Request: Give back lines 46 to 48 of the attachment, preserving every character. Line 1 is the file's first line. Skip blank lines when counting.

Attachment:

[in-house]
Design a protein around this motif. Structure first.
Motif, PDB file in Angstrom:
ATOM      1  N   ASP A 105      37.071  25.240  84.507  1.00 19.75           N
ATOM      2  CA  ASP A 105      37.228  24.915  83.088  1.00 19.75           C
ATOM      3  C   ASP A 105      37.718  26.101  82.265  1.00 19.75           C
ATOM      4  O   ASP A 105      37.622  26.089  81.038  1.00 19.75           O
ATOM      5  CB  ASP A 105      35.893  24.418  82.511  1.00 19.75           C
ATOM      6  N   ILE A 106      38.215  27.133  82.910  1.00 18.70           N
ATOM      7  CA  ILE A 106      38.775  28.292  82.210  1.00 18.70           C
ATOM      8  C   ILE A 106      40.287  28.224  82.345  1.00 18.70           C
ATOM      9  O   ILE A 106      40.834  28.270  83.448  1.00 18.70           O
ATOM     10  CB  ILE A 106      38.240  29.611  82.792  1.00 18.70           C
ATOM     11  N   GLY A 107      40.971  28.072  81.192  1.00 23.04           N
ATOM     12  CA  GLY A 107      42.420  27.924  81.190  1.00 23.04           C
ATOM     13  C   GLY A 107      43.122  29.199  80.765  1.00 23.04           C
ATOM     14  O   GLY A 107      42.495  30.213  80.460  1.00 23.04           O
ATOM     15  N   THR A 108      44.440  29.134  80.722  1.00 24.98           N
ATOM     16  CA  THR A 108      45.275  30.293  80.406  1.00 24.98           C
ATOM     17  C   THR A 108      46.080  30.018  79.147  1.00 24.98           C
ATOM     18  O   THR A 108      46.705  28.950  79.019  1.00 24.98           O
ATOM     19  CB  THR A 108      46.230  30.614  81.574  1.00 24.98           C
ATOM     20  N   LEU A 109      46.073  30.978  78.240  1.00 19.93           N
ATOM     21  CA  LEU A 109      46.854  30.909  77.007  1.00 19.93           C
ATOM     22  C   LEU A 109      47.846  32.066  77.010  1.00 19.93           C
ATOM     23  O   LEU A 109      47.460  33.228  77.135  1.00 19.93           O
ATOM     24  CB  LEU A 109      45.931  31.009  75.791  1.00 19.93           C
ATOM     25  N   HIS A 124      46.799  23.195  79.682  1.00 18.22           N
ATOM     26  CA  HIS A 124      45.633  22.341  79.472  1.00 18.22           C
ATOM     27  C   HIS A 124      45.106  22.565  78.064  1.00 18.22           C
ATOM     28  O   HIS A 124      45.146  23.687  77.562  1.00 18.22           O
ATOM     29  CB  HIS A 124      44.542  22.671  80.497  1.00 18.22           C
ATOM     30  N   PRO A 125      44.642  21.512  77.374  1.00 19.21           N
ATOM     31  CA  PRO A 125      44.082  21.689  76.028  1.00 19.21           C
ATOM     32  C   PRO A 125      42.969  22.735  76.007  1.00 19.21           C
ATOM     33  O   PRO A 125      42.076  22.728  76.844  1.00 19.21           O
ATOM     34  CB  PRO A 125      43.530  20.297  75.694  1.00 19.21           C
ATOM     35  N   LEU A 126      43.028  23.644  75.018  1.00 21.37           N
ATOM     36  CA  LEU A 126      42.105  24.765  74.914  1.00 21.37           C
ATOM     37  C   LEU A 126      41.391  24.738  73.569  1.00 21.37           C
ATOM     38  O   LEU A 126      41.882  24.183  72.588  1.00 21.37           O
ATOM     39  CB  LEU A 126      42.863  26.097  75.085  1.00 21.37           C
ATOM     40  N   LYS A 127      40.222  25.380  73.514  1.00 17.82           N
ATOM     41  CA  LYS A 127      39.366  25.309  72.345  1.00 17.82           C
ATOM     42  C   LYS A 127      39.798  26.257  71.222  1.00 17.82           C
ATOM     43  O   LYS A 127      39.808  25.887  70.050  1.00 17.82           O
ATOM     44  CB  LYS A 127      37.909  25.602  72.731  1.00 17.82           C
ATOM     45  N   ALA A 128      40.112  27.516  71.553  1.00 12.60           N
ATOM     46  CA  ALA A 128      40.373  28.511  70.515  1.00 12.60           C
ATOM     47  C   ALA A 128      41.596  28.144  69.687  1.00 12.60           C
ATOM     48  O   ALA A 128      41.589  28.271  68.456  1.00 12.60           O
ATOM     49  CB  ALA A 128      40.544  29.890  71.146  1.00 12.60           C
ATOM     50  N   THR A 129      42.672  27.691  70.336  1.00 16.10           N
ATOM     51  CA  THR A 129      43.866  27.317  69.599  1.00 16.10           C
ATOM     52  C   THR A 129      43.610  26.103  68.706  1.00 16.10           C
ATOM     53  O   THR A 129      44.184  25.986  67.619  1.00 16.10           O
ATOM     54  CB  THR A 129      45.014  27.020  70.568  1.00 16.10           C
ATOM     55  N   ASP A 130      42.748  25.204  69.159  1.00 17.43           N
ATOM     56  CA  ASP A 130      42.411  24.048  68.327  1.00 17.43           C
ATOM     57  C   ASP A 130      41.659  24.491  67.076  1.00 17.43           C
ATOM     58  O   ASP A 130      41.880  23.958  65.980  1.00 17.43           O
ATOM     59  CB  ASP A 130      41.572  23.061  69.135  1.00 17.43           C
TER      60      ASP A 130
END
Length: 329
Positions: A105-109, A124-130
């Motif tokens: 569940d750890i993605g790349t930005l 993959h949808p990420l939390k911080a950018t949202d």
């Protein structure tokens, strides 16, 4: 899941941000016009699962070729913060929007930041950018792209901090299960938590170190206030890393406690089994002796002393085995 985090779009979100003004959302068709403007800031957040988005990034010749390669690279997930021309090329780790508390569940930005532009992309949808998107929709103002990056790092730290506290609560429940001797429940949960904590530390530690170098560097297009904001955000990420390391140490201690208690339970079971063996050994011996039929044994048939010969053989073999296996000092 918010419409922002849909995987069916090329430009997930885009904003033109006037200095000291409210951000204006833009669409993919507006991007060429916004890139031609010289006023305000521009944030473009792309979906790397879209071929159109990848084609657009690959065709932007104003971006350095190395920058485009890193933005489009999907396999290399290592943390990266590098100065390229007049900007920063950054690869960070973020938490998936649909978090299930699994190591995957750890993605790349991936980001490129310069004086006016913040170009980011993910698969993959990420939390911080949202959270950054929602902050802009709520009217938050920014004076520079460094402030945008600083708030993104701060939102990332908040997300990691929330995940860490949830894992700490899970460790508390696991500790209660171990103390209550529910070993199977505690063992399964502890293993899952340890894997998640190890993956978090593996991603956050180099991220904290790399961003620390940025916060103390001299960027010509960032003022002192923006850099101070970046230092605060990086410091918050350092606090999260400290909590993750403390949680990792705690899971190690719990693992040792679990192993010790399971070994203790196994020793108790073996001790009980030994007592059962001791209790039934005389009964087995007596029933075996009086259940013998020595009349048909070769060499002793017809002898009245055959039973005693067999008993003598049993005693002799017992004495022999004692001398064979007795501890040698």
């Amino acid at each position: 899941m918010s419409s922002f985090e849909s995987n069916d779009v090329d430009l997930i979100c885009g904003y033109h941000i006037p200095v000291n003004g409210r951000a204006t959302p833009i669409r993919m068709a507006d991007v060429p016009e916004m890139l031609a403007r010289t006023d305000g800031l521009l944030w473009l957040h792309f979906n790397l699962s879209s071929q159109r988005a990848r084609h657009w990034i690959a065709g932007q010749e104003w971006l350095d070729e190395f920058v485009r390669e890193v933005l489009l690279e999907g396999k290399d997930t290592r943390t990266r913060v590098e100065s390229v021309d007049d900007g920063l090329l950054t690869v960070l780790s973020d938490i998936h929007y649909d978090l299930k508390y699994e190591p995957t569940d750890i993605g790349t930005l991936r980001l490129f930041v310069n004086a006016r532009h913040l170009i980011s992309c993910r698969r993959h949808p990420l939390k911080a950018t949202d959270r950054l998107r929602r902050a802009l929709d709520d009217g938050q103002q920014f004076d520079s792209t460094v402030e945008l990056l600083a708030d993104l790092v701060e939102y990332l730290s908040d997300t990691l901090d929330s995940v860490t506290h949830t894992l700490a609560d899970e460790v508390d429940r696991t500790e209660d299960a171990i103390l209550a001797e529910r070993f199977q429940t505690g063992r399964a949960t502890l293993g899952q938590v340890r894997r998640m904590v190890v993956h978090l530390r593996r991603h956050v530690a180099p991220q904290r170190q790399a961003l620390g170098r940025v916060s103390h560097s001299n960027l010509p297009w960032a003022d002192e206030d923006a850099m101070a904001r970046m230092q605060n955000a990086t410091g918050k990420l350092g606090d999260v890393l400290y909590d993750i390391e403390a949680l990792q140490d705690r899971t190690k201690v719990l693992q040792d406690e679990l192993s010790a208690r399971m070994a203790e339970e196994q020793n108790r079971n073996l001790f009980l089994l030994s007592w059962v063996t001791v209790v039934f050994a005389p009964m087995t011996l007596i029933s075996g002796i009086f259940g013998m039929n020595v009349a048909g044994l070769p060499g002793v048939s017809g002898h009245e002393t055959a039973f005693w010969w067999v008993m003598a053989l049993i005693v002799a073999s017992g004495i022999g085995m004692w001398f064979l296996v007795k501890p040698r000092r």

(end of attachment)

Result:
ATOM     43  O   LYS A 127      39.808  25.887  70.050  1.00 17.82           O
ATOM     44  CB  LYS A 127      37.909  25.602  72.731  1.00 17.82           C
ATOM     45  N   ALA A 128      40.112  27.516  71.553  1.00 12.60           N